Luxembourg Information - Page 2
The Gaulish people living in the region, now known as the Grand Duchy of Luxembourg, were conquered by Julius Ceasar. Luxembourg became part of the Roman Empire and remains of villas and towns show a high standard of civilization.
In 963 Count Sigefroid of the Ardennes built a fortress on the Bock
promontory which was to become Luxembourg city. In the years which followed a number of the rulers of Luxembourg became Emperors of the Holy Roman Empire: Henri VII, Charles IV, Wenceslas and Sigismond.
Over the centuries various European powers wanted control of Luxembourg: Burgundy, Spain, Austria and France. Strong fortifications led to Luxembourg city being known as the Gibraltar of the North.
In 1815 the Congress of Vienna made Luxembourg into a Grand Duchy and William II, the King of Holland, became the Grand Duke of Luxembourg; the union between Holland and Luxembourg continued until 1890. The Treaty of London, signed in 1867, was an agreement by European countries to ensure that Luxembourg was not taken over by an individual European power.
During the First and Second World Wars the Grand Duchy was occupied by the German armed forces.
Luxembourg was known as a BENELUX country, an economic union between Belgium, Netherlands and Luxembourg. After the Second World War, these countries together with France, West Germany, and Italy formed the European Coal and Steel Community: to substitute for age-old rivalries the merging of essential interests.
In 1957 the same countries signed The Treaty of Rome which established the European Economic Community (EEC), now the EU.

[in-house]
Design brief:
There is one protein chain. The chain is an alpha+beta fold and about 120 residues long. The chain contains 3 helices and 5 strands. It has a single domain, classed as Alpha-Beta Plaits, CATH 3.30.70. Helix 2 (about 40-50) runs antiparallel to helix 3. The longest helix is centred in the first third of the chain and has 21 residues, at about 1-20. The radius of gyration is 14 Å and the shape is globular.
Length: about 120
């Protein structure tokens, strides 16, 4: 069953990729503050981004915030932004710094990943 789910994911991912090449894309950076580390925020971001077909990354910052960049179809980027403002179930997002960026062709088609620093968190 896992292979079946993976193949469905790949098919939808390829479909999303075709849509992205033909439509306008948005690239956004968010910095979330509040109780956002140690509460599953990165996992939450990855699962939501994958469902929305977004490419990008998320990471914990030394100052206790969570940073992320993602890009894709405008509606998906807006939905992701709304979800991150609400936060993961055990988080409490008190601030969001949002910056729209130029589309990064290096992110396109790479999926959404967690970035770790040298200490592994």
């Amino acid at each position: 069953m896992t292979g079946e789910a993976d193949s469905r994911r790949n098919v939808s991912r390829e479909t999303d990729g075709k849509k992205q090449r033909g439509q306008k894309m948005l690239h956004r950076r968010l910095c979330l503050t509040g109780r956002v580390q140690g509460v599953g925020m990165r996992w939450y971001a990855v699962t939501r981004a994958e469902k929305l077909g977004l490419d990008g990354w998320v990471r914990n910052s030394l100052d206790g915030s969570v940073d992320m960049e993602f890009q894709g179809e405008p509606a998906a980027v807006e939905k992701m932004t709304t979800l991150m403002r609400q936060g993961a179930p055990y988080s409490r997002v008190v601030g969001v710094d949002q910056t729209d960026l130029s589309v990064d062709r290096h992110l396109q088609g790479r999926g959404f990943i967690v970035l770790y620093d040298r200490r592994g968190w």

Although coal, iron and steel were the industrial foundations of the economy, iron and steel exports declined and Luxembourg broadened its manufacturing base: products such as tyres, metal goods, aluminium, glass, chemicals, wine and processed food are produced.
Traditionally the Grand Duchy had an important agricultural sector, however the agricultural share of the Gross National Product (GDP) has shrunk to around one percent.
Today, the highest percentage of the GDP is earned by the service sector.
The city of Luxembourg is an international financial centre; many banks and financial institutions are located in Luxembourg. Insurance and reinsurance are major commercial activities. Tourism is also important to Luxembourg's services sector. The Grand Duchy attracts many visitors each year. (2008)
Luxembourg's artists of note include Joseph Kutter, Bertemes and Wercollier.
The famous American photographer, Edward Steichen, an important figure in the history of photography was born in the village of Bivange (Roeser). His major work, Family of Man, is exhibited in Clervaux castle.
Luxembourg has a number of national sports days for recreational activities such as fishing, football and volleyball. The Grand Duchy has a national triathlon (1,500 m swimming, 45 km cycling and 19 km running) and a cyclathon (8.7 km running and 36.8 km cycling). The rivers and lakes provide plenty of opportunity for water sports and there is skiing in the winter. Other sports including hot air ballooning and aviation are available.
Luxembourg celebrates all the Roman Catholic holidays. There is a famous religious dancing procession in Echternach at Whitsun; other fairs include wine festivals in the different localities.
News from Luxembourg is available from Newslink.
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